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Build Rapport

Pop quiz! Which group of people do you think is the best at detecting lies? Is it:

  1. students
  2. police officers
  3. teachers
  4. none of the above
Click to Reveal Answer

The answer is c) teachers! In a comprehensive study of 16,537 people, teachers, social workers, Secret Service agents, and psychologists seemed to be better at detecting lies than detectives and police officers.

Ironic, right? An important part of a police officer’s job is to detect lies, but they’re no better at it than even a student is!

So what makes teachers and social workers superior lie detectors? They have the special ability to build trust and empathy. And I’m not just talking about playing good cop here—these people are able to truly connect with whomever they’re talking to on a deep, personal level.

Now, body language isn’t just the nonverbal aspect—although that’s important. True mastery of body language allows you to build rapport, connecting with others on a deeper level than normal. And that’s exactly why teachers are amazing at getting kids to confess.

Want to increase your rapport-building skills? Head on over to How to Communicate With Patients (not only for doctors!).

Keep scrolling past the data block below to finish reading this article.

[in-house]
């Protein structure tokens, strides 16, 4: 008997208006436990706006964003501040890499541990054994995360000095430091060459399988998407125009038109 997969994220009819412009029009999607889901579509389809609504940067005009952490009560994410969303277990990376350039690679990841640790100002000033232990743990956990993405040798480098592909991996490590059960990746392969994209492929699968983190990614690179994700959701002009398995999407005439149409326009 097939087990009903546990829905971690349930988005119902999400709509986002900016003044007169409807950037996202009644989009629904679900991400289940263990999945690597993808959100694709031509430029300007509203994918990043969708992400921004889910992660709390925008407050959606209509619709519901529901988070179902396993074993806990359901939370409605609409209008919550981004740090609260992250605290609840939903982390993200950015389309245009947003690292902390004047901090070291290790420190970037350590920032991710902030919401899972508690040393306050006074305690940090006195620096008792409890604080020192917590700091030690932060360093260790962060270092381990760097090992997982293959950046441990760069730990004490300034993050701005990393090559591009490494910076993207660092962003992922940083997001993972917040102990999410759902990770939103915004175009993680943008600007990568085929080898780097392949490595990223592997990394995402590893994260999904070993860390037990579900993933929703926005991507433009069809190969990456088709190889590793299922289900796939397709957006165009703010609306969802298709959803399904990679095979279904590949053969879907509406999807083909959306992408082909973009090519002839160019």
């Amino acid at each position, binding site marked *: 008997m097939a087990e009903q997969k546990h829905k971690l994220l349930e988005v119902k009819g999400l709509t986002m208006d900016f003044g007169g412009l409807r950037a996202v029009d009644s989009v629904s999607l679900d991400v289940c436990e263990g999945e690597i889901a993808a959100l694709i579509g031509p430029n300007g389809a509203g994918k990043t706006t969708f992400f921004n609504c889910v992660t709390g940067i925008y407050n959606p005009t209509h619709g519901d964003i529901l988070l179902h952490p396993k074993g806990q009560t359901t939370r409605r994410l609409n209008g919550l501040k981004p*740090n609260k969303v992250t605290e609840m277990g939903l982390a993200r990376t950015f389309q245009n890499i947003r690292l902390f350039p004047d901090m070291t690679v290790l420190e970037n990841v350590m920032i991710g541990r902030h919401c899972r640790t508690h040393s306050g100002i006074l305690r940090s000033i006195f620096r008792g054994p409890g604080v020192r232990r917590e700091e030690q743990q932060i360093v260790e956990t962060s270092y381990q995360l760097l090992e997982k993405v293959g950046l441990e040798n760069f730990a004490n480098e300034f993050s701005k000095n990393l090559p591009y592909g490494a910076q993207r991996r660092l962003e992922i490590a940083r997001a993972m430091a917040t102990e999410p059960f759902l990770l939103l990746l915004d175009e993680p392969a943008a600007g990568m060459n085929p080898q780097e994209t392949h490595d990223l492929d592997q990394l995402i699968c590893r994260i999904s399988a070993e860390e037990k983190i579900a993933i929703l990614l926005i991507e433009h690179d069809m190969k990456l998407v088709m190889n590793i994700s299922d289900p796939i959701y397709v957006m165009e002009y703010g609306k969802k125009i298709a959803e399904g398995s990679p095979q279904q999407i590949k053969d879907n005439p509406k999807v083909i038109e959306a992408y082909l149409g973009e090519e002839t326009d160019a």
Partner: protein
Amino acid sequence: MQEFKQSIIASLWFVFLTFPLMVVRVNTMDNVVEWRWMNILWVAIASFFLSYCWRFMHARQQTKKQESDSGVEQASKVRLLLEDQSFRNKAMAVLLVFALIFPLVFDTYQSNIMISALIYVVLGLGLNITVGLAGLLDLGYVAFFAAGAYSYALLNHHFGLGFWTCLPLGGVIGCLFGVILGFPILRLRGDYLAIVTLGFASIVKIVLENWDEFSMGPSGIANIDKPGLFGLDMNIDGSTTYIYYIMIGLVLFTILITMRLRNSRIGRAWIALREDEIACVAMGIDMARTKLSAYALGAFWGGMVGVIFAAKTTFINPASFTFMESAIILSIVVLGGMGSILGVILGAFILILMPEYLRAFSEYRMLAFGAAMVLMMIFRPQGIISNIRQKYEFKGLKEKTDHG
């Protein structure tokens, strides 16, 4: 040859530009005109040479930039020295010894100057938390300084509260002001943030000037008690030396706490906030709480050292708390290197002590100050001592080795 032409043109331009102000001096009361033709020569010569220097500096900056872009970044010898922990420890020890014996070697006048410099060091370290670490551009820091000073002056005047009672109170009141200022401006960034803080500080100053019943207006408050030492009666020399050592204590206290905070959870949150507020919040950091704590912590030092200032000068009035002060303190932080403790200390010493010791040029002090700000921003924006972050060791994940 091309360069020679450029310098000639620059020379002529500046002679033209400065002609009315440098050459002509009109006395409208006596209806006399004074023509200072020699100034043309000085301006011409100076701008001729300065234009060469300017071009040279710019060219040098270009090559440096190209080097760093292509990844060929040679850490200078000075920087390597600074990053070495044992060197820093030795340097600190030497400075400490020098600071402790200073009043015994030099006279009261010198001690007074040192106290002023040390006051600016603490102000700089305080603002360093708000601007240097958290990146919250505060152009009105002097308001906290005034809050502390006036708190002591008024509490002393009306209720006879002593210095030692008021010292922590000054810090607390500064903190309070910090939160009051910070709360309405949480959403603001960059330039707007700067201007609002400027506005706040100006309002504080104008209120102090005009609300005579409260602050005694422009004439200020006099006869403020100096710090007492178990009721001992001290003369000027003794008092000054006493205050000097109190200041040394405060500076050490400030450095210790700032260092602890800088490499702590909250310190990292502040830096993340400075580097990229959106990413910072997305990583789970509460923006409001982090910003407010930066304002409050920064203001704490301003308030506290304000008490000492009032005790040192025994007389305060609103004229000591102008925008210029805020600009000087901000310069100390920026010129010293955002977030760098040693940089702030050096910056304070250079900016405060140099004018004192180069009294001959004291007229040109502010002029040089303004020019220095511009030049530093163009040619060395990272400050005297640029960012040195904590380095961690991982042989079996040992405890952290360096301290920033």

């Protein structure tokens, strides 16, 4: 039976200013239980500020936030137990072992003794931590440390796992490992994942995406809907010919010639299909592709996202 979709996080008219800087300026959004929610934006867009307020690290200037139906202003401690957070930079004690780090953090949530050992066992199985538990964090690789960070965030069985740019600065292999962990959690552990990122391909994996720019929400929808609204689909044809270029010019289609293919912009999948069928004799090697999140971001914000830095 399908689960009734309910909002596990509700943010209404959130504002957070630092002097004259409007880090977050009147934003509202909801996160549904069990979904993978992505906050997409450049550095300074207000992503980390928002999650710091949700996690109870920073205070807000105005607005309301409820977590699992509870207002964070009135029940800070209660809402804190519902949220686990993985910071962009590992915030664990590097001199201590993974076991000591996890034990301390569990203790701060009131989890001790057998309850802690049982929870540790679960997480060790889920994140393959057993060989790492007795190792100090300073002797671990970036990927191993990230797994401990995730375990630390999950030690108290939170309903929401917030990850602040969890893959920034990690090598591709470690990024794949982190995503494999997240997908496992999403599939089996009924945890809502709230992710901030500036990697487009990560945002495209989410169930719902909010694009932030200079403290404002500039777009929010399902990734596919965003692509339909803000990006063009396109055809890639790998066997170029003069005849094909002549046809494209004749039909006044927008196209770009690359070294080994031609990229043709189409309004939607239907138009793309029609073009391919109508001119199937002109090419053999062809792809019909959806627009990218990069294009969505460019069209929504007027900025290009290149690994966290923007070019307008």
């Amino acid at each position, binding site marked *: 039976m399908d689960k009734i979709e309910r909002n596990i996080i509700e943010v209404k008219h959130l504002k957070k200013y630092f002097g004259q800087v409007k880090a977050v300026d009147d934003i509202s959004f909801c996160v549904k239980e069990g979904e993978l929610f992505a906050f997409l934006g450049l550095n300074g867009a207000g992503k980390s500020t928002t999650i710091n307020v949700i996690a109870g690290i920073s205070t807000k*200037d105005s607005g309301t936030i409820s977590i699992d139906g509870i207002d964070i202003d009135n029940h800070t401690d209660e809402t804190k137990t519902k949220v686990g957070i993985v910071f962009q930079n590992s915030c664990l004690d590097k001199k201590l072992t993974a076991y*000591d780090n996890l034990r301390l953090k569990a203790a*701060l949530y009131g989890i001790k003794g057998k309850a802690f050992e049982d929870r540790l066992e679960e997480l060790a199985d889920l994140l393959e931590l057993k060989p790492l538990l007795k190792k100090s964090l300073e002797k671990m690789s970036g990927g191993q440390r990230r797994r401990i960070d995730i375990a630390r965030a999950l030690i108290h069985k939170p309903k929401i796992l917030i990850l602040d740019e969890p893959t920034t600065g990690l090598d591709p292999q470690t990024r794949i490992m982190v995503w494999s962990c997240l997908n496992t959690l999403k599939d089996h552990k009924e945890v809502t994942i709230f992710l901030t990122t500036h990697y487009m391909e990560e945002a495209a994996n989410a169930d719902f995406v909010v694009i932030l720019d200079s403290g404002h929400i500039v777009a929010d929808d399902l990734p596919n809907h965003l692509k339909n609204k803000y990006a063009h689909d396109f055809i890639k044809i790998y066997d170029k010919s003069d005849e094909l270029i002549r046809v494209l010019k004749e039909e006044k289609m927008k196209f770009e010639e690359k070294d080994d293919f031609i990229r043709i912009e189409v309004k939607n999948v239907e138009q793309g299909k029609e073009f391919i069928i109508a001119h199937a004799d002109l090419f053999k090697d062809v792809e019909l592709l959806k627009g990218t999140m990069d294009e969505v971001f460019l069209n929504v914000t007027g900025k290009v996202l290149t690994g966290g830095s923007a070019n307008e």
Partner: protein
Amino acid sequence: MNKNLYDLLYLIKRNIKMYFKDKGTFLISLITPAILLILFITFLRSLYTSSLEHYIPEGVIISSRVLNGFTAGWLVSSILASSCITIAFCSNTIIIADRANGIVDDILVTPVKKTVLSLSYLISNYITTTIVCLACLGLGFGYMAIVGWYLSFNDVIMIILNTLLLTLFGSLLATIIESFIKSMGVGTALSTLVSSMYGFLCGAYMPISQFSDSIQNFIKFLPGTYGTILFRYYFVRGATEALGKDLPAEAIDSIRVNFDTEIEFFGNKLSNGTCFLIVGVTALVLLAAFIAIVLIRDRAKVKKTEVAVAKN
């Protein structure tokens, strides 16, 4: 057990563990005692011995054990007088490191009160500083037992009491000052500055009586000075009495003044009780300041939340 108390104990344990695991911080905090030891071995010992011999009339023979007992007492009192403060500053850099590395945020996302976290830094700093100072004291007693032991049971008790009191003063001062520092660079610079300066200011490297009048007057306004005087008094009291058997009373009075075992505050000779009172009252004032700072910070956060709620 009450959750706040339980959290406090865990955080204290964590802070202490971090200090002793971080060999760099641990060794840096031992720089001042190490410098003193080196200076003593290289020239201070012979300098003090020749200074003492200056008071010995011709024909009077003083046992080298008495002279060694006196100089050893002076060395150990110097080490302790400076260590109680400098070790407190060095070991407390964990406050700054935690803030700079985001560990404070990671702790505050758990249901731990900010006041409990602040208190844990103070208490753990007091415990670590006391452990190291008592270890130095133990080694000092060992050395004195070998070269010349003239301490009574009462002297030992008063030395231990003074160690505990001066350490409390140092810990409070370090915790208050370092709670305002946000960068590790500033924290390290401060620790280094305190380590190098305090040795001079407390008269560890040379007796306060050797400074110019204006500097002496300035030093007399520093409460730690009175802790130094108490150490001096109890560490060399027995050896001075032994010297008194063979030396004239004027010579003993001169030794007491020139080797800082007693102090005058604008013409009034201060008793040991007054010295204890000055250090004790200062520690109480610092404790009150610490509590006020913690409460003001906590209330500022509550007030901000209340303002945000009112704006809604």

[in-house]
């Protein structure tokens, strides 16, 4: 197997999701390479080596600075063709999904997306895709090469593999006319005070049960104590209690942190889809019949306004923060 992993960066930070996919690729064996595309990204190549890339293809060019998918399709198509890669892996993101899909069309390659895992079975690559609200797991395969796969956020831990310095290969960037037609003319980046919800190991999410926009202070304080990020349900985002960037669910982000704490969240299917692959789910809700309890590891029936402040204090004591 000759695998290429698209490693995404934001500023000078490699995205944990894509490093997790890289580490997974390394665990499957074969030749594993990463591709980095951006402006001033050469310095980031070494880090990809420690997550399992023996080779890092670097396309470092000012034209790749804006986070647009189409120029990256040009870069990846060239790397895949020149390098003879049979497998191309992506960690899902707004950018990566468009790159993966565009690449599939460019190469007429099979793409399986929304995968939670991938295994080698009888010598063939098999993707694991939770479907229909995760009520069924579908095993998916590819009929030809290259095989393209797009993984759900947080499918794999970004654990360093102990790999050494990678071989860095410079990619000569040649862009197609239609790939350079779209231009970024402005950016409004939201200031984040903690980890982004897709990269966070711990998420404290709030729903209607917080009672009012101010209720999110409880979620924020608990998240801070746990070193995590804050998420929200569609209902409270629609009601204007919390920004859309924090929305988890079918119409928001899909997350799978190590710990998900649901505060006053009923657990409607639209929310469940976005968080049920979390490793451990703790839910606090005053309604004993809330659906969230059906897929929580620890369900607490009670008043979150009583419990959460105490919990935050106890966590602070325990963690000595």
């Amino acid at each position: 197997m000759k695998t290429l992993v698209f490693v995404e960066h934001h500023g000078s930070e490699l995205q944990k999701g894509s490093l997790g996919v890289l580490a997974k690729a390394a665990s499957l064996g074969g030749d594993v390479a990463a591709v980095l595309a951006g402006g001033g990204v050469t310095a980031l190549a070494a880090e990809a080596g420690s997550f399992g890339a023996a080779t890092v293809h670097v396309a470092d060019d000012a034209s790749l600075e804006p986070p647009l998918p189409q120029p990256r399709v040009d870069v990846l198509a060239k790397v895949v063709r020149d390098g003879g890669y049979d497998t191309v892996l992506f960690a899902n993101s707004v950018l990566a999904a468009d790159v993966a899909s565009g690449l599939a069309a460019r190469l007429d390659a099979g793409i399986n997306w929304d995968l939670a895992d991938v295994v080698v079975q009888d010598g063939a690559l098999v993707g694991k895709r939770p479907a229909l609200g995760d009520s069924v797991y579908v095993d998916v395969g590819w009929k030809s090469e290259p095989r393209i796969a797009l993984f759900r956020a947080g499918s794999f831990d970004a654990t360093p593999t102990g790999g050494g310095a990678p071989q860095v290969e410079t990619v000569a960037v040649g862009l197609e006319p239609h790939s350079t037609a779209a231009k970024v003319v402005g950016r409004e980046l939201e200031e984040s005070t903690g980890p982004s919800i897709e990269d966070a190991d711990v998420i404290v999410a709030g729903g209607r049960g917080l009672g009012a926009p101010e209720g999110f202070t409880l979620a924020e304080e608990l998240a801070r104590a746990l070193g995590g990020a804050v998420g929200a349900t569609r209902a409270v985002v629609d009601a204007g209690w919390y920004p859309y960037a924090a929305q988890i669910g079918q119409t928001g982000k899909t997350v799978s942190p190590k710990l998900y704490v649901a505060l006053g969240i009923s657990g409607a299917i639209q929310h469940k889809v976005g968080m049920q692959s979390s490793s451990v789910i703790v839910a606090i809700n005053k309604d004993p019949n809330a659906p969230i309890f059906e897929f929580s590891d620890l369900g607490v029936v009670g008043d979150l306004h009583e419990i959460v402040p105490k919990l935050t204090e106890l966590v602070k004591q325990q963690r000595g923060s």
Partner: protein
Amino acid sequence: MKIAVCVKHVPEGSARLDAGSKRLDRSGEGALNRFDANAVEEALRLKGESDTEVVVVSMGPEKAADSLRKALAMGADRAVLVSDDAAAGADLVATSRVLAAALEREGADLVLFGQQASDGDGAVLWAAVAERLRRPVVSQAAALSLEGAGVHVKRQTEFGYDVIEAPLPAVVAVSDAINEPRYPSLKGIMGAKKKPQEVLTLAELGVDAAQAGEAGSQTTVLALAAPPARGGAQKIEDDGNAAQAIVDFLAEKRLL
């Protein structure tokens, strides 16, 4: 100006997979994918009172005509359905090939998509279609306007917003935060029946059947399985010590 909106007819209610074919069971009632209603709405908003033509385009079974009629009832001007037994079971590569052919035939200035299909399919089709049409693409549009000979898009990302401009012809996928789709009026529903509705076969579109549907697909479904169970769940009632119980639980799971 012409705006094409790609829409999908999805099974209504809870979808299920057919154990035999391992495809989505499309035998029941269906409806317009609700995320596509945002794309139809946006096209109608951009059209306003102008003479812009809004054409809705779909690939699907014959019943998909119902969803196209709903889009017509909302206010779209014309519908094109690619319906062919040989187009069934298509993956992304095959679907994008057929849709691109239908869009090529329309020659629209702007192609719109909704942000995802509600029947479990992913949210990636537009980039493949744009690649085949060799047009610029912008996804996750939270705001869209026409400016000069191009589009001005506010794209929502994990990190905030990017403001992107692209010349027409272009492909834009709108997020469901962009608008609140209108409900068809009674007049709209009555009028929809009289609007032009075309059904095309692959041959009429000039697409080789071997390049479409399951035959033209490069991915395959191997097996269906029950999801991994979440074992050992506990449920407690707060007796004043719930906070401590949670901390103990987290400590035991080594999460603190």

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Center Them

When you really want to get someone to confess, try removing all barriers—desks, tables, etc.—so you have a direct one-on-one connection with them.

This also exposes their feet, so you can identify what their feet are telling you.

Also, guilty people typically like to hide behind things—a table, a pillow, etc.—or slink down in their chair. With nowhere to hide, you will see more body language cues you can read.

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Ask Open-Ended Questions

Simple yes-or-no questions are easy to lie through. Conversely, the longer the answer, the more room for nonverbal and emotional leaks. Try to think of questions that require long answers. I like questions that solicit stories, like Tell me the story of last night or What’s your side of the story here.

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Stick a Landmine

Landmines are little details you add when you’re rephrasing someone else’s story—details that you believe are incorrect.